from Wiktionary, Creative Commons Attribution/Share-Alike License

  • n. Plural form of brainpan.


Sorry, no etymologies found.


  • I hope it brings smiles and chuckles and a few brain cells floating upside down in the lakes of your brainpans.

    Sinking feelings aboard the Seaview

  • For that matter, any of the brainpans on the Hill might have asked why Ford and GM managed to build viable auto businesses all over the world but not in North America.

    A Car Wreck Made in Washington

  • Why not just put a bullet to their brainpans and get it over with?

    From On High

  • That cranky organ of the "pro-life" movement, LifeSite News, takes on the environmental movement this week, passing on a bizarre meme rocketing around right-wing brainpans these days.

    Archive 2005-08-01

  • Other marks depicted beasts long departed from this earth or never here, mere figment residents of brainpans long since empty as an old gourd.

    Cold Mountain

  • Phyrexians penetrated by falcons jittered in death spasms, their punctured bowels or chests or brainpans boiling with vicious motion.

    Time Streams

  • Red shafts jutted from the bellies and brainpans of fallen monsters-boar-headed men, demon-eyed beasts, four-armed killers, things with scorpion tails, snake bodies, roach legs ....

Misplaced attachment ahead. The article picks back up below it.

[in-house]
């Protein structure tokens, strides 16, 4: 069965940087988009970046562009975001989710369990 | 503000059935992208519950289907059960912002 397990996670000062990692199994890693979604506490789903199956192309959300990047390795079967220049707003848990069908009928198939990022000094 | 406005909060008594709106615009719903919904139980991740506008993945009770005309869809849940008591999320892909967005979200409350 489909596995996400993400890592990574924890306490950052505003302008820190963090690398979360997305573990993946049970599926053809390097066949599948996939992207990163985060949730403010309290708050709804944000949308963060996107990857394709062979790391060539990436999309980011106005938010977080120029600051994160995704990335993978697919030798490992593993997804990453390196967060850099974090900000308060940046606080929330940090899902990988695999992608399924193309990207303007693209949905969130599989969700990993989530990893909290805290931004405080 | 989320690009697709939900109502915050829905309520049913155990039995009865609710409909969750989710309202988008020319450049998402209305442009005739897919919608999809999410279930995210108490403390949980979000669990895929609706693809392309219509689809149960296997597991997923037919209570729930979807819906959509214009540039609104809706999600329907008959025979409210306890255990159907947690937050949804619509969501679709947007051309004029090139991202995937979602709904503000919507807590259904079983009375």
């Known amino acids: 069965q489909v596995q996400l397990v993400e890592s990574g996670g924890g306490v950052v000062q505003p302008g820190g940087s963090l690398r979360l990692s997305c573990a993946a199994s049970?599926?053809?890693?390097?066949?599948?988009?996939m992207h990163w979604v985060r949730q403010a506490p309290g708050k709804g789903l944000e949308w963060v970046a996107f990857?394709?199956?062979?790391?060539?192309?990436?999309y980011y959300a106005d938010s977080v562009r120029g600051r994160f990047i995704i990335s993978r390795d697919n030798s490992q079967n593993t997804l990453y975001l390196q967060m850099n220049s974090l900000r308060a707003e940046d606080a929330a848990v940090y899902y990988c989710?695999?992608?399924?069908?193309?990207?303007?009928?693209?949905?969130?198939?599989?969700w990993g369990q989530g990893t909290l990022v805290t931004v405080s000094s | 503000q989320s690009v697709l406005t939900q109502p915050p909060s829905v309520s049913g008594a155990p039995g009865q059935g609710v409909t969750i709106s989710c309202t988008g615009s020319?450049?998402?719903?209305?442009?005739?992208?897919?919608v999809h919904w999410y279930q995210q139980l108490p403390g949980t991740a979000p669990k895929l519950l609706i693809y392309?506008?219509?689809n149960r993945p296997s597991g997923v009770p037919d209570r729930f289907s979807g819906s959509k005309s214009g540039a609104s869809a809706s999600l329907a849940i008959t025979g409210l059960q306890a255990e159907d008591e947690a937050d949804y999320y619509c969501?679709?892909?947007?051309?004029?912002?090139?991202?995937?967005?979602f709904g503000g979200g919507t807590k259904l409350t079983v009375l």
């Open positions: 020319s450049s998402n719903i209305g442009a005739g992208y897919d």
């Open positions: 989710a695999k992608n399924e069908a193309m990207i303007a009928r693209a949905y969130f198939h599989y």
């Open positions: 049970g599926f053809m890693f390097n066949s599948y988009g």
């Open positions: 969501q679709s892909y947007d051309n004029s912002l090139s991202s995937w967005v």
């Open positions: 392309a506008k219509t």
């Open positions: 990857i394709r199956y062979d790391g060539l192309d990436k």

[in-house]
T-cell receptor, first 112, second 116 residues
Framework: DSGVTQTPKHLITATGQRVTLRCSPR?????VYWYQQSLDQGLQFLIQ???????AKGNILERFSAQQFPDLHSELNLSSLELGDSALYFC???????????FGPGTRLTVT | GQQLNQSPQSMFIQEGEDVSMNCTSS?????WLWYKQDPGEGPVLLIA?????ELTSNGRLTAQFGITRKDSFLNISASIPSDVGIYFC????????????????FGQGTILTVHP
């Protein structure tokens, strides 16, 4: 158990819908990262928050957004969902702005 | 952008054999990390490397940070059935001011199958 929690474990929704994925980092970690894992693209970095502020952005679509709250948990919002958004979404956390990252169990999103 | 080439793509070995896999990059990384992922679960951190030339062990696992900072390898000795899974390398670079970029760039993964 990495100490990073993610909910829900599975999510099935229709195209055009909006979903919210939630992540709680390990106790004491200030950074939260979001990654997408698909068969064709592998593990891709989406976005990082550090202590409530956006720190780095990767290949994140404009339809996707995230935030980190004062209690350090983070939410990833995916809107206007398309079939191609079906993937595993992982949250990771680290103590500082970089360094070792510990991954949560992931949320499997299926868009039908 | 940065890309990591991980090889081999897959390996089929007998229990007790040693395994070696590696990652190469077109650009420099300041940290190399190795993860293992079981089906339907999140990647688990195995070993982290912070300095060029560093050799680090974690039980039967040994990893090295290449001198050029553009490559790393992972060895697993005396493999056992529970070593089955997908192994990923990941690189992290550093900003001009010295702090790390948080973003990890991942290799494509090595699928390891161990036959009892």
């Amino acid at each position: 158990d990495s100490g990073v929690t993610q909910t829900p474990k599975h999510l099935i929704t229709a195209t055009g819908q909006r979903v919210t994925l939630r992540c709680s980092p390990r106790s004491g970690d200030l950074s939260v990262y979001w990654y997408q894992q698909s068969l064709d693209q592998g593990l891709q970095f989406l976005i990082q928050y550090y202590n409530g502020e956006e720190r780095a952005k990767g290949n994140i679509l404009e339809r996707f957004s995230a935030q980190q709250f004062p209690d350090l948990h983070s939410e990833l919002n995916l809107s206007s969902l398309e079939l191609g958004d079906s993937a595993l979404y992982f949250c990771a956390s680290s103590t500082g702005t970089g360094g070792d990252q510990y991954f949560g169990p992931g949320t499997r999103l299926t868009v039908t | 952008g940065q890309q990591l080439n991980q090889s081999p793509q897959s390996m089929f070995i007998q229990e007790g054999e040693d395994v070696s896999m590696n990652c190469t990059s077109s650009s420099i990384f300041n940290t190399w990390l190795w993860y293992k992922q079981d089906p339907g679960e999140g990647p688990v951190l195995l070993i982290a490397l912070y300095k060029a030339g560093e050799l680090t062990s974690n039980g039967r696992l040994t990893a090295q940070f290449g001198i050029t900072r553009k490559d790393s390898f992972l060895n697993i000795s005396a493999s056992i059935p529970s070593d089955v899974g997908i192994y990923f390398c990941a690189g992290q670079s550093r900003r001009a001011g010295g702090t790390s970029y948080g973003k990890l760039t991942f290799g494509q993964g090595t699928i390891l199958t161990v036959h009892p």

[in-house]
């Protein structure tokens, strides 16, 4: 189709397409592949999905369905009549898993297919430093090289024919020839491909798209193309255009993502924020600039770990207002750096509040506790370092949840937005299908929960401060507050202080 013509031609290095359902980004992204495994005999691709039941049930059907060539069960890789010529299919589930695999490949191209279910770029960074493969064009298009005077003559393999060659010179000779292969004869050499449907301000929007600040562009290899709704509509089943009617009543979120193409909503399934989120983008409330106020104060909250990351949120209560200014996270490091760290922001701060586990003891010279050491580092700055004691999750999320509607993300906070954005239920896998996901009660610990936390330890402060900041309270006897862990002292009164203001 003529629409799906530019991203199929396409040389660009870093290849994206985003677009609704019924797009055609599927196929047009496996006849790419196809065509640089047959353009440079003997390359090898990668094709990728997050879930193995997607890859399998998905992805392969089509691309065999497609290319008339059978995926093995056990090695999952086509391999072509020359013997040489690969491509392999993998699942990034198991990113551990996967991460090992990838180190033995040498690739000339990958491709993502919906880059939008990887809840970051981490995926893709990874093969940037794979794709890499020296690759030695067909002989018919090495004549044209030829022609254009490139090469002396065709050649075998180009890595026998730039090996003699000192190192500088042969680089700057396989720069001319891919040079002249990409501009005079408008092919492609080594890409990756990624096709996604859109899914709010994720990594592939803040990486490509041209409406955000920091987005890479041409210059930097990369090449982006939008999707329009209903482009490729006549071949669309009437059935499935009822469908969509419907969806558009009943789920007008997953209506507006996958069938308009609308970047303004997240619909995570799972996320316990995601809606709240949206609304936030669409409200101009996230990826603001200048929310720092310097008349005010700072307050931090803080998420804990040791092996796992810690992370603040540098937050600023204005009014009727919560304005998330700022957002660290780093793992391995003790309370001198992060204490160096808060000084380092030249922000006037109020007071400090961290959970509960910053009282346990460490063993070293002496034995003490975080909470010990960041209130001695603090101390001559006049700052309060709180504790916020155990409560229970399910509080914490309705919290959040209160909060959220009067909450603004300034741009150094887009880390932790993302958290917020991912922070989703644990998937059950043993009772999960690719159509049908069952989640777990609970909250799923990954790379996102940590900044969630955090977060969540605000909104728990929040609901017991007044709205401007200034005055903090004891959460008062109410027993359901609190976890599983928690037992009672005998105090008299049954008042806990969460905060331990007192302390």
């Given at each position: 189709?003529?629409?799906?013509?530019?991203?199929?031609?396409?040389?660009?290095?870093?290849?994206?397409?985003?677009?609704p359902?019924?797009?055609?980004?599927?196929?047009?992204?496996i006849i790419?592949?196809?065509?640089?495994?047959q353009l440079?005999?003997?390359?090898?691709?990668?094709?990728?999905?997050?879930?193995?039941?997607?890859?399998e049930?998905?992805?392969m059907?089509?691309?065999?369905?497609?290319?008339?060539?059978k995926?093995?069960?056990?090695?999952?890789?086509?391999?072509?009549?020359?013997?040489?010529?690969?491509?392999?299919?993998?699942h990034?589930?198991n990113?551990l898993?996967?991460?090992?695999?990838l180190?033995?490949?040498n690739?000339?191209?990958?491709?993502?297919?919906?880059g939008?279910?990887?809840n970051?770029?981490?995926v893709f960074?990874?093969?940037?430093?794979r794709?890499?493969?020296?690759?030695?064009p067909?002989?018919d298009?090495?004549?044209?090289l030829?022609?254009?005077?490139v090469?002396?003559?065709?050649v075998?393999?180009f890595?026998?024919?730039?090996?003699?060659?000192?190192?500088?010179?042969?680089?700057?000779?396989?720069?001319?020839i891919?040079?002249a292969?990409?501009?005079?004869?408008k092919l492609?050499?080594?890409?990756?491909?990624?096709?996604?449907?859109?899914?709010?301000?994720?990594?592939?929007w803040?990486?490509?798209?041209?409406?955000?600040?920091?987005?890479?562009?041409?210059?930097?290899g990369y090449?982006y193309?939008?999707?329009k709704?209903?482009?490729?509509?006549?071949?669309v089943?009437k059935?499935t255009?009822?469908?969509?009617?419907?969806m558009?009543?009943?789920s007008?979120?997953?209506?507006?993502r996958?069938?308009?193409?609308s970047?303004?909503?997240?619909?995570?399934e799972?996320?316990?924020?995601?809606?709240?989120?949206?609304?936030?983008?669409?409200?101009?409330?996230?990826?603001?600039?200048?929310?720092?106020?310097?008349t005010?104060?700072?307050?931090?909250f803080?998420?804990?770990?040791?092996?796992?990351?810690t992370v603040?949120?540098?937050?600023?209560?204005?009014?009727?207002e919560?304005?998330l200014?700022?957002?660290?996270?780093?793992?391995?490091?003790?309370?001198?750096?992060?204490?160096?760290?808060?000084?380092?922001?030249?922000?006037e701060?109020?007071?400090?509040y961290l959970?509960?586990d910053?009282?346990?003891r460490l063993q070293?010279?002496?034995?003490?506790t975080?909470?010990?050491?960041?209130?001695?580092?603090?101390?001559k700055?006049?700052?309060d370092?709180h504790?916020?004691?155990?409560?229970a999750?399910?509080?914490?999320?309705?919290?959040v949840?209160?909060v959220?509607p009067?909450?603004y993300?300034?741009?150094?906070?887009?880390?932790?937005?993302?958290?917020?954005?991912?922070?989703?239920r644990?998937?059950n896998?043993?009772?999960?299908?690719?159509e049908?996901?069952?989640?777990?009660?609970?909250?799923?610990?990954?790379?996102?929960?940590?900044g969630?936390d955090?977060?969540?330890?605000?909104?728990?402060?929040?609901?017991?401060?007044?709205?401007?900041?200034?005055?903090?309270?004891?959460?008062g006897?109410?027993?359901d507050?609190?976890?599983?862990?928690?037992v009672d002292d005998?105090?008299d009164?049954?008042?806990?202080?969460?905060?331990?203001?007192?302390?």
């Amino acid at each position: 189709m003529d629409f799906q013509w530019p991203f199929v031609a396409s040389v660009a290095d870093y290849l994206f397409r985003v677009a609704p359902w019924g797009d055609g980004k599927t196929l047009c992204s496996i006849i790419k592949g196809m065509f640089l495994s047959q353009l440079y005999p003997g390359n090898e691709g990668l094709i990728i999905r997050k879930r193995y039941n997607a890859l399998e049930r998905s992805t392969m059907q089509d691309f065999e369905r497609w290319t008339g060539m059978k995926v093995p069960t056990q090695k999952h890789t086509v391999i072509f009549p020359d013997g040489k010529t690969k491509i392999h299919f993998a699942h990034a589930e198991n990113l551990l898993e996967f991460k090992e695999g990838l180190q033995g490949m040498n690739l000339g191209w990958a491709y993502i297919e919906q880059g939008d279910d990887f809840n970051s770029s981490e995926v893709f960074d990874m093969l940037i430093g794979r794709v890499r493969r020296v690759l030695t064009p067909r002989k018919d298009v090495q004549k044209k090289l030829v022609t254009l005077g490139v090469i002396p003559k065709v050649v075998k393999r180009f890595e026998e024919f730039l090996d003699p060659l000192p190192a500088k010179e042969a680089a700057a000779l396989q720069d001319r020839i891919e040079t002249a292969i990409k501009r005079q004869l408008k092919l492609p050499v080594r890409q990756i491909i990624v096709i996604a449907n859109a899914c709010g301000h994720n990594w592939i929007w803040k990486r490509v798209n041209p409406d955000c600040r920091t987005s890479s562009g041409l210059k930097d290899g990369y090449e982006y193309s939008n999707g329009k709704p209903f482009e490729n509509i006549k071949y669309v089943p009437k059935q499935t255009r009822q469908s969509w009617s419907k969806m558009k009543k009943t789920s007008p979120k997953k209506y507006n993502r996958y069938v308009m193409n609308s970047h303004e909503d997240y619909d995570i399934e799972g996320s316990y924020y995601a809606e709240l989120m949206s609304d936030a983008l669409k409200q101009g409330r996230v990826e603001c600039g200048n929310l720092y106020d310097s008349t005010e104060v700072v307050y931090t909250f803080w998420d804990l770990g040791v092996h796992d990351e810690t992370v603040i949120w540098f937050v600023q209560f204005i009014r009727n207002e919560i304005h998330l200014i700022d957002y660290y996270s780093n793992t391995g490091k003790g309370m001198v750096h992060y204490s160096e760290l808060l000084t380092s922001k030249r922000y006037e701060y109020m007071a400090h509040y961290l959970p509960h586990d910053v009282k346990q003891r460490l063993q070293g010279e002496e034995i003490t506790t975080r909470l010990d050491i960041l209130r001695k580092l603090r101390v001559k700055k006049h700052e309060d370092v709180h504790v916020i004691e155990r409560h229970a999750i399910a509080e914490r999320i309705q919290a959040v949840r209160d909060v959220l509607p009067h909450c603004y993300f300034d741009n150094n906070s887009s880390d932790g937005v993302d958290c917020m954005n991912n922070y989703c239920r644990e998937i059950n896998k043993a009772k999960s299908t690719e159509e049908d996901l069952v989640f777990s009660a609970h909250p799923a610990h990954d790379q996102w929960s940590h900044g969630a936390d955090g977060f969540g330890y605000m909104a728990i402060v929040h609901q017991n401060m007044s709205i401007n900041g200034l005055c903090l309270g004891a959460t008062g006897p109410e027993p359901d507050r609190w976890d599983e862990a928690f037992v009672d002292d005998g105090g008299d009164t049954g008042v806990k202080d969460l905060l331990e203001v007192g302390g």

Mercadian Masques

  • They saw that several of the asserted miracles were simply hoaxes or delusions; they suspected that the unknown tongues might be nothing but the senseless bubbling of overheated brainpans; they perceived that the Doctor in his enthusiastic flights was soaring clear into the murky clouds of

    The Atlantic Monthly, Volume 06, No. 35, September, 1860

  • It was the feeling and the sense of a dismal exhalation from him, an unhealthy and unnatural mental effluvium that served so indelibly to fix the bodily image of him in the brainpans of casual and uninformed passers-by.

    The Best Short Stories of 1921 and the Yearbook of the American Short Story

  • G. Schwalbe has recently used the glabella-inion line (glabella, the central point between the arches of the eyebrows; inion, the protuberance of the occiput at the median line) for the comparison of the brainpans at the sagittal sutures, while H. Klaatsch has returned to the glabella - lambda line formerly proposed by Hamy (lambda, the point of union of the lambdoid and sagittal sutures).

    The Catholic Encyclopedia, Volume 12: Philip II-Reuss


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